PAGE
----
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"Full service" gym launched, service staff lift weights for you

25, Oct 2010 By Simon

New Delhi. A local gym has become the world’s first “full service” gym, according to Gym World Magazine. Unique Bodies in South Delhi offers its members a bespoke “100% personal fitness service” which takes the sweat, strain and injury risk out of exercise.

Whilst most gyms provide towels, showers, steam rooms and massages, the team behind Unique Bodies has gone one step further. “We thought, why not take the strain from the customer?” explains Mohit Vij, creator of the “full service” concept, “so at our gym, the staff run the miles and lift the weights for you.”

“My wife made me join a gym because of my weight,” says Prem, 48, sitting on a Swiss ball drinking a high-glucose energy drink whilst instructor Shakil bangs out abdominal crunches on a mat, “but now I can get exercise done without all the sweat and tears. I’m in the clothes trade. Nike outsources their donkey work to me, so why shouldn’t I outsource mine to him?” he continues gesturing to the red faced trainer.

“Our clients have busy schedules,” says Vij, “our premium package even allows them to get workouts done remotely, say from the office or even from a recliner by a pool in the Maldives.” Trainers are also on twenty four hour stand-by. “In case a client on a business trip needs to complete spinning session at 8AM Tokyo time,” explains Vij.

A trainer working out at the gym
Some experts argue that such services provide a placebo effect and “vicariously” keep the customers fit

Trainer Amit is on his tenth kilometer on the treadmill. He wears headphones and is talking to a webcam mounted on a laptop. “My client is in the US,” he says, “he says he’s just eaten twelve pancakes and he needs me to ‘offset’ the calories. He’s in the airline industry so he knows all about this stuff.”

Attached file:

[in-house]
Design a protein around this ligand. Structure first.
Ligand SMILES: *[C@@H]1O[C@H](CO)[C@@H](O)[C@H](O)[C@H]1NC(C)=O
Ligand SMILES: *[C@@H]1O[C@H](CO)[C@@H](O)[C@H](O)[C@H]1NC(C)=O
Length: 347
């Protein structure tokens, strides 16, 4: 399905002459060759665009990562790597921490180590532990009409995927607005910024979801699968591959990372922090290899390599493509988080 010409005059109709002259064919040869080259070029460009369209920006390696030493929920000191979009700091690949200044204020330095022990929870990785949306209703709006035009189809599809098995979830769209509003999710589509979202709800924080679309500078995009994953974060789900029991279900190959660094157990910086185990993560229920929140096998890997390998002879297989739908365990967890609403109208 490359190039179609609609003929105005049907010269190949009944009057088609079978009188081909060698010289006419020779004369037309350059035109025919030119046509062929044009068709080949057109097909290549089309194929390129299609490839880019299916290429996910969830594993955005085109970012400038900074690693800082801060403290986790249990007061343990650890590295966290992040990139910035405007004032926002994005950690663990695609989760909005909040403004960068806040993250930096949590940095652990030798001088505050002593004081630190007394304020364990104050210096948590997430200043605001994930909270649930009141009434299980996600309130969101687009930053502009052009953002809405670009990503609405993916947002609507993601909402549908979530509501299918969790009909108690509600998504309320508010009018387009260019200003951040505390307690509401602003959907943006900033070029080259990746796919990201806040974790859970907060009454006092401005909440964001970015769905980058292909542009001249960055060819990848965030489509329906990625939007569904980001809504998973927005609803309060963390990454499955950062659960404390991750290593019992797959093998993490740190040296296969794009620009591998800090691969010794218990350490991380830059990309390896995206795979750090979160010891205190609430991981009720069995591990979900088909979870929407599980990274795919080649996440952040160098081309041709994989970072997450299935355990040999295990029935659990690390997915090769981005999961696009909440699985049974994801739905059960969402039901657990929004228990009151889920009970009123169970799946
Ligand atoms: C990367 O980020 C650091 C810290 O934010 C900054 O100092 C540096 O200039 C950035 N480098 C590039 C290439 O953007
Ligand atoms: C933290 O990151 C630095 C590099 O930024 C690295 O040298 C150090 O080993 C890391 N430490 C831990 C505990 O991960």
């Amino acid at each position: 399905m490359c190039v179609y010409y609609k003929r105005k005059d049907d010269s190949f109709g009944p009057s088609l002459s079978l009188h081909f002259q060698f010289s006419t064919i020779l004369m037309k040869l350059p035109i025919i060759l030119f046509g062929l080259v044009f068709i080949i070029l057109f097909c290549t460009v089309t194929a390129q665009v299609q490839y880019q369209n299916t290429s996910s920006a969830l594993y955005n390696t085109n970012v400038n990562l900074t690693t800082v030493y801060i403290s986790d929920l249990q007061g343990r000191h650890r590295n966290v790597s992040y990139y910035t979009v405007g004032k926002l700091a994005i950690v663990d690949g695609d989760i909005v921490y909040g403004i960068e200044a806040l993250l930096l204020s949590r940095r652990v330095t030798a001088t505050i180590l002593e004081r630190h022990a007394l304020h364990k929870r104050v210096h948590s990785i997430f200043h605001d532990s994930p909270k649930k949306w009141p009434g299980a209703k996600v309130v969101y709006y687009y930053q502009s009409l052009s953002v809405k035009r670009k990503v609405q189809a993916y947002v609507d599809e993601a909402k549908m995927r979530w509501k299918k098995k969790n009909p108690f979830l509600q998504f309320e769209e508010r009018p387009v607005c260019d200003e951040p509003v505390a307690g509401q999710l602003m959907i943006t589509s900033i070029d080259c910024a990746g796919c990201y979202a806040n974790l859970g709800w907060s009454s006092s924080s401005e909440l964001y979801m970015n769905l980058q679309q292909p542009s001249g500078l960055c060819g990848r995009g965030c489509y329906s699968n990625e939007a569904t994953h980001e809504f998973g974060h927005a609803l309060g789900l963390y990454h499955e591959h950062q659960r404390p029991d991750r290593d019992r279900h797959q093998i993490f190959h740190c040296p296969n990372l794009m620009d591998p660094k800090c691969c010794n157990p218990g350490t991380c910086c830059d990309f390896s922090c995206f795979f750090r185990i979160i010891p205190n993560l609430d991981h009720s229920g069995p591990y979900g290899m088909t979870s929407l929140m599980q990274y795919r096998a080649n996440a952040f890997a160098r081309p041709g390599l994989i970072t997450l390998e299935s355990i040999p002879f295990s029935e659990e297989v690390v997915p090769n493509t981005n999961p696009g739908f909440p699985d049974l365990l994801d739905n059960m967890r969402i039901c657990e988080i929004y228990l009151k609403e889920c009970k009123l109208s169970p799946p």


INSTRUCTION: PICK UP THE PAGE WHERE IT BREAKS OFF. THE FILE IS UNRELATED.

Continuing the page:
Then he returns to his client on webcam. “He just had maple syrup,” he adds, “that means another 10 minutes on here.”

Vij estimates that Unique Bodies has “offset” around 100,000 calories in the past month, that’s the equivalent to 1000 bananas, 500 portions of rice or breakfast in the Punjab. Keen to improve the fitness of its officers, the Delhi Police is said to be considering a “corporate package”. Bappi Lahiri has registered his interest, although Vij pointed out he would have to “expand his operation”.

“I’ve always wanted to buy some sleek trainers,” says Anisha, watching bulky trainer Ashish self-consciously dumbbell-pressing two pink 1kg weights, “and now I can and without all that sweat messing up my hair and those funny constipated faces people pull when they’re straining. I got some really cute sporty t-shirts too. They’re pink like my new ipod.”

But some members are not totally satisfied with the new service. “Sure I tell people at dinner parties that I go to the gym five times a week,” complains Sahil, 36, “but look at this guy’s form! It’s terrible! He’s doing the exercise all wrong and he hasn’t upped the weight in three weeks. I’m making no progress here. Put your back into it man.”

His trainer, Raghav, shrugs, “if he is finding the sessions too hard,” he explains, “then maybe Sahil should do as so many others have done and send his driver in to do the heckling.”

Unique Bodies has also been criticized by many experts, but the owner is quick to point out that outsourcing physical labor is nothing new. “The Gulf countries are full of migrant workers, Indian homes are full of maids and cooks, plus even the England cricket team does it. You think Strauss and Pietersen are English names?” Vij said.

The strong defense by Vij has inspired many. Several state governments have lobbied the Centre for “calorie credits”.

“We should be compensated for all our hard work and malnutrition,” an Orissa government spokesman told Faking News, “we’ve been consistently offsetting around 200 million calories on behalf of the NCR. Give us the cash!” Asked if the cash would be used for improving the PDS, the official added, “Why do that? We don’t bite the hand that feeds.”